Just a few days before every adult in the U.S. will become eligible to get a coronavirus vaccine on Monday, the White House stressed how important those shots are to beating back the pandemic -- especially in recent weeks, as the more transmissible B-117 variant has rapidly become the most dominant and new cases hover near 70,000 per day.
"All roads to defeating the pandemic go through the path of successfully and quickly vaccinating the country," White House COVID adviser Andy Slavitt said at a White House briefing on Friday.
The good news is the U.S. has an ample supply of vaccines, even with the recent pause of Johnson & Johnson vaccines. More than one-third of the total population has already gotten one shot, while 80% of the highest-risk demographic, adults 65 and older, has received one shot. The remaining states that haven't opened eligibility to all adults will do so on April 19.
"I am proud of the progress we've made," Centers for Disease Control and Prevention Director Dr. Rochelle Walensky said at the briefing. "But we must continue to get many more people vaccinated."
That's because vaccinations are still nowhere near where they need to be to hit "herd immunity," and quickly-spreading, potentially deadlier variants such as the B-117, first discovered in the U.K., have taken hold in the U.S.
The latest CDC data shows that it accounted for 44% of cases during the last week of March, but Walensky said on Friday that the number is "certainly higher" now than then.
In Michigan, which currently has the most cases per population in the country, the number of B-117 cases has doubled since the last week of March. Nationwide, cases, hospitalizations and deaths continue to tick up. Just four weeks ago, the seven-day average of cases was around 53,000. As of Friday, it was just below 70,000.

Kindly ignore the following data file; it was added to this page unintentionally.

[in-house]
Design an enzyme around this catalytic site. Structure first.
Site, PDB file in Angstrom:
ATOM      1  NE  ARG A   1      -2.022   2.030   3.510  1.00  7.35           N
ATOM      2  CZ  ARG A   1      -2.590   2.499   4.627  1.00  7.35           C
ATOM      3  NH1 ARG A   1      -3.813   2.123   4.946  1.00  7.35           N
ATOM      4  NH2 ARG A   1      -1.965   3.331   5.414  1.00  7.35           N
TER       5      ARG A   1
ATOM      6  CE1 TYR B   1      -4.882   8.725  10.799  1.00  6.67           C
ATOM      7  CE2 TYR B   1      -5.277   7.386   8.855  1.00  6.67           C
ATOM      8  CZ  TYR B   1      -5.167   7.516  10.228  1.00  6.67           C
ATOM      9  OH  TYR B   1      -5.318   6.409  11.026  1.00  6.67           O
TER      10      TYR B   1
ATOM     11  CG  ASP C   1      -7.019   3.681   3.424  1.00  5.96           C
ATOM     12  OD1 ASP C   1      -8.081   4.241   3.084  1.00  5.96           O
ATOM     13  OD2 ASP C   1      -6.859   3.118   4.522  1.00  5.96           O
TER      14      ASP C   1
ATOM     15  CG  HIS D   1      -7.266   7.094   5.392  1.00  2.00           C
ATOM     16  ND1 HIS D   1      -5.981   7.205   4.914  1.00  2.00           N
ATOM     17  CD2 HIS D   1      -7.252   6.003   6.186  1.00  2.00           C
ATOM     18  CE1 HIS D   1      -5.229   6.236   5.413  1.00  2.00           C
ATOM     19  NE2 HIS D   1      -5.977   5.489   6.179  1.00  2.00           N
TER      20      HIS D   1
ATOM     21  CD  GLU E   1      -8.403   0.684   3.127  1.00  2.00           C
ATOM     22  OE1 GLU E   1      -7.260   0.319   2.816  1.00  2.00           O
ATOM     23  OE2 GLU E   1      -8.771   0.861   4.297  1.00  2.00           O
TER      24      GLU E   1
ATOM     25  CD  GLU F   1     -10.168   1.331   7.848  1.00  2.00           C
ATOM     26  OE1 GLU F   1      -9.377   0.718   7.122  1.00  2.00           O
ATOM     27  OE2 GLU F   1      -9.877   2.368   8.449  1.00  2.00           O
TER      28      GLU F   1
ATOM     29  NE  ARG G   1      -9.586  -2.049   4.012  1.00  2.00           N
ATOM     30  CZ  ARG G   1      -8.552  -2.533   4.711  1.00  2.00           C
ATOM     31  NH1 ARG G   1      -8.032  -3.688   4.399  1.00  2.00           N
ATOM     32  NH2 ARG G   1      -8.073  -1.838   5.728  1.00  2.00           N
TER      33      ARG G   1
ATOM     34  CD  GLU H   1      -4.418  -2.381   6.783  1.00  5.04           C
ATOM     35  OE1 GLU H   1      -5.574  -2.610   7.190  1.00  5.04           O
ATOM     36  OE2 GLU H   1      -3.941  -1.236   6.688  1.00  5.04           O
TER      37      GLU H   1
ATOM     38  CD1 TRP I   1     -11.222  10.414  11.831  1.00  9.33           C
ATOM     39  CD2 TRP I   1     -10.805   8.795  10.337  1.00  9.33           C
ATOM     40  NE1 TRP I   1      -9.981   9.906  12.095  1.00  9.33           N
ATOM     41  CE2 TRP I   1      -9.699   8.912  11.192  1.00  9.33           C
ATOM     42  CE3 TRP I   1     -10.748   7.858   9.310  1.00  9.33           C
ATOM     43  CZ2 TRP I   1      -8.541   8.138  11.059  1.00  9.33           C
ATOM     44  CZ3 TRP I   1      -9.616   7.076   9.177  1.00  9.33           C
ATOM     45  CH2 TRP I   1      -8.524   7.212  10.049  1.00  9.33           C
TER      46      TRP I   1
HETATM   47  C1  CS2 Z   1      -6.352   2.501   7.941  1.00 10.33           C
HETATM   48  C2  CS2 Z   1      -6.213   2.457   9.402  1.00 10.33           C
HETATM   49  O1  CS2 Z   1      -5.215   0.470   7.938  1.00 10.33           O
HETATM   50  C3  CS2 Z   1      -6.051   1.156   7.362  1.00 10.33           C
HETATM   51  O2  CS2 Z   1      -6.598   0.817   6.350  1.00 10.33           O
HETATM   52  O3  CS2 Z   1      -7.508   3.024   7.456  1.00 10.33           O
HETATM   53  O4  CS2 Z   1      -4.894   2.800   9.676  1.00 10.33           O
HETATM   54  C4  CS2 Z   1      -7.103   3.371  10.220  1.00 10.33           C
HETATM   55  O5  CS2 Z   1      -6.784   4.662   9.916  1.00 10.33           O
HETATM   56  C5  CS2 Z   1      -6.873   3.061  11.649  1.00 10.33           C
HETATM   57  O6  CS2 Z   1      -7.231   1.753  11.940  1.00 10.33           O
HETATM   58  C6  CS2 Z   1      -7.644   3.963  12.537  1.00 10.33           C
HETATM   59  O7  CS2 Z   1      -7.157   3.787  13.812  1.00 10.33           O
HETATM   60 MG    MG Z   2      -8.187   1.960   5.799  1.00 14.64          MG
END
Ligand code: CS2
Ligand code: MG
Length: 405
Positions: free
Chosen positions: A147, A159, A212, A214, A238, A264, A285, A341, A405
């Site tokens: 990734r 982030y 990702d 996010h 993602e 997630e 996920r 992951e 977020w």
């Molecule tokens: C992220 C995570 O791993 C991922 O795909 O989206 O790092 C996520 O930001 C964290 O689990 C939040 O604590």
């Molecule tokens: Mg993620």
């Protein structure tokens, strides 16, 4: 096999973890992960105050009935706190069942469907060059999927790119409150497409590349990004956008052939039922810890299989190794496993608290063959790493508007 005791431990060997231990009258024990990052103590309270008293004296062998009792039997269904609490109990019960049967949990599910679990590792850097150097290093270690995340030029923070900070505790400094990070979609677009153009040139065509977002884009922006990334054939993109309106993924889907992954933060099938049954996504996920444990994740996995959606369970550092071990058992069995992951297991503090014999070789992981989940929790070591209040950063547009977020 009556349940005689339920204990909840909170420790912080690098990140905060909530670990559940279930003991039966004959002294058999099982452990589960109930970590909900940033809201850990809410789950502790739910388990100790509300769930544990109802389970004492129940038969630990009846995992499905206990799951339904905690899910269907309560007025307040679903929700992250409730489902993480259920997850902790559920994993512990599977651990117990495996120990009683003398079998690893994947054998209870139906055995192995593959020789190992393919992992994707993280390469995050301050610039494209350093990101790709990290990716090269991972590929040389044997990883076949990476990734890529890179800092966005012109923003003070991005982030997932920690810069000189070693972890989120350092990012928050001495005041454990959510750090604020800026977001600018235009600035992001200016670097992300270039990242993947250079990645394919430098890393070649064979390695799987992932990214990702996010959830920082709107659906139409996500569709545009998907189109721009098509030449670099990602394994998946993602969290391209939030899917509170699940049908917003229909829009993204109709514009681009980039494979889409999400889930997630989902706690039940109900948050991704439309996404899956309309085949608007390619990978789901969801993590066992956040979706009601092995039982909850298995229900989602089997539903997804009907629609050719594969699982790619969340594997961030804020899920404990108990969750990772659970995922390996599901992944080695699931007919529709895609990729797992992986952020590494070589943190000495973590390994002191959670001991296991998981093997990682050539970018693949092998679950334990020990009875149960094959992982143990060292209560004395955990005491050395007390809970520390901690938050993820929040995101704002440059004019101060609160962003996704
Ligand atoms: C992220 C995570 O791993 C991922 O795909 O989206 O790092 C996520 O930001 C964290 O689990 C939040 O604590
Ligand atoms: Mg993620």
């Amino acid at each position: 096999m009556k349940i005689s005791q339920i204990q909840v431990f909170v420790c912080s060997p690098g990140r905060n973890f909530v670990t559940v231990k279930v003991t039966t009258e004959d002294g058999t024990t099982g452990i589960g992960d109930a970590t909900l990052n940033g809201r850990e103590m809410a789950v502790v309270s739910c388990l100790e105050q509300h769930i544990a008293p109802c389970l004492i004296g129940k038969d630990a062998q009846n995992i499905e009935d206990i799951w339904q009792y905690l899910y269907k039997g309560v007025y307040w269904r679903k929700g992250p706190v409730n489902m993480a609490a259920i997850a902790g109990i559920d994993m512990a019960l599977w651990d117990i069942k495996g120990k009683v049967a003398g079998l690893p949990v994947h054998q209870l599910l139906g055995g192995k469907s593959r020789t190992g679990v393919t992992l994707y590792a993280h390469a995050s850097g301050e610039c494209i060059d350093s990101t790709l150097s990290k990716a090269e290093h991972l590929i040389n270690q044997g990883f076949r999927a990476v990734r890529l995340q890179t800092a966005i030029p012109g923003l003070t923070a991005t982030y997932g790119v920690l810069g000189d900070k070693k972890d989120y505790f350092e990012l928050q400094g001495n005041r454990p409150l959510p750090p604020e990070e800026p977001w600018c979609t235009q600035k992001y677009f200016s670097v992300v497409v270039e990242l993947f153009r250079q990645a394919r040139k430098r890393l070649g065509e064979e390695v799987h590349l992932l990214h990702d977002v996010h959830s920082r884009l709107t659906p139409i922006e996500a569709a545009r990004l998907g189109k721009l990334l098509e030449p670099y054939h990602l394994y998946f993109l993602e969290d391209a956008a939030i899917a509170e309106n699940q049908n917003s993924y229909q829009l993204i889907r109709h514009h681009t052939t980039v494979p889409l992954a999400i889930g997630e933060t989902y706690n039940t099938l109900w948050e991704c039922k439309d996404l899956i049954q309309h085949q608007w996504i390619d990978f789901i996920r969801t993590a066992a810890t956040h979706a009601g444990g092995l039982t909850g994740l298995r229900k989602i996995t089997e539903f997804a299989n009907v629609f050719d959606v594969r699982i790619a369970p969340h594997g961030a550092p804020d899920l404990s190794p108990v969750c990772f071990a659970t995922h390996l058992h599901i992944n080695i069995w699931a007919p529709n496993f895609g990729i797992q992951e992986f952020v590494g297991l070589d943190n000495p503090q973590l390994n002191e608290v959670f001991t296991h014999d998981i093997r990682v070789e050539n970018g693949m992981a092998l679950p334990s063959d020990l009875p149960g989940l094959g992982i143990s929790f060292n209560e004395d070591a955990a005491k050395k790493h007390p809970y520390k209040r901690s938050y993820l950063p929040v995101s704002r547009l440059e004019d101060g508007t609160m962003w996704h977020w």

Hospitalizations had also increased 5-8% since the week before, and deaths were over 700 people a day for the third day in a row, Walensky said.
"The increasing trends in cases, hospitalizations, and deaths are very concerning, and they threaten the progress we've already made," she said.
For its part, the White House announced it will be investing $1.7 billion to do more genomic sequencing and identify variant spread, which the U.S. was woefully unprepared to do a few months ago. The funding will come from the American Rescue Plan, the nearly $2 trillion coronavirus relief package that Biden recently signed into law.
"Our ability to spot variants as they emerge and spread is vital, particularly as we aim to get ahead of dangerous variants before they emerge, as they are in the Midwest right now," Slavitt said.
"Right now, these variants account for nearly half of all COVID-19 cases in the United States. And we need more capacity in our public health system to identify and track these mutations," he said.
The White House coronavirus response team also warned that loosening restrictions was contributing to the spread, and urged people to mask-up, wash their hands and get vaccinated.
"Some of these increases are as a result of relaxed prevention efforts in states across the country, such as relaxed mask mandates or loosened restrictions on indoor restaurant seating," Walensky said.
U.S. Surgeon General Vivek Murthy, also at Friday's briefing, said the U.S. was increasing funding to areas that had been hit disproportionately by COVID-19, including $4 billion in funding to the Indian Health System. Though the IHS has impressively distributed 1 million vaccines in Indian Country, recent data showed that American Indians and Alaska Natives suffered devastating loss when the pandemic was at its worst.
According to a recent CDC report, they were 3.5 times more likely to get COVID than white people and more than four times as likely to be hospitalized as a result of COVID-19.
Murthy said the steady increase in cases over the last month had him more concerned than the J&J pause, which was put into place on Tuesday after the CDC and FDA found that out of the nearly 7 million people who got the J&J shot, at least 6 patients suffered blood clots roughly 6-13 days afterward.
The pause could last at least a few more weeks, according to an independent CDC advisory panel that on Wednesday decided to wait and see if more patients developed symptoms before recommending next steps on the vaccine.
"As much attention as the J&J news has received though, what I'm most concerned about, the numbers which are most on my mind are the rising cases and hospitalizations among those who are not vaccinated," Murthy said.
He underscored the positive news, however, which is that the U.S. is one of the few countries in the world with three vaccine options and hundreds of millions of doses.
"We're really fortunate to have highly effective vaccines and a system that's working day and night to keep us safe. It gives me faith that we will make it through this pandemic together," Murthy said.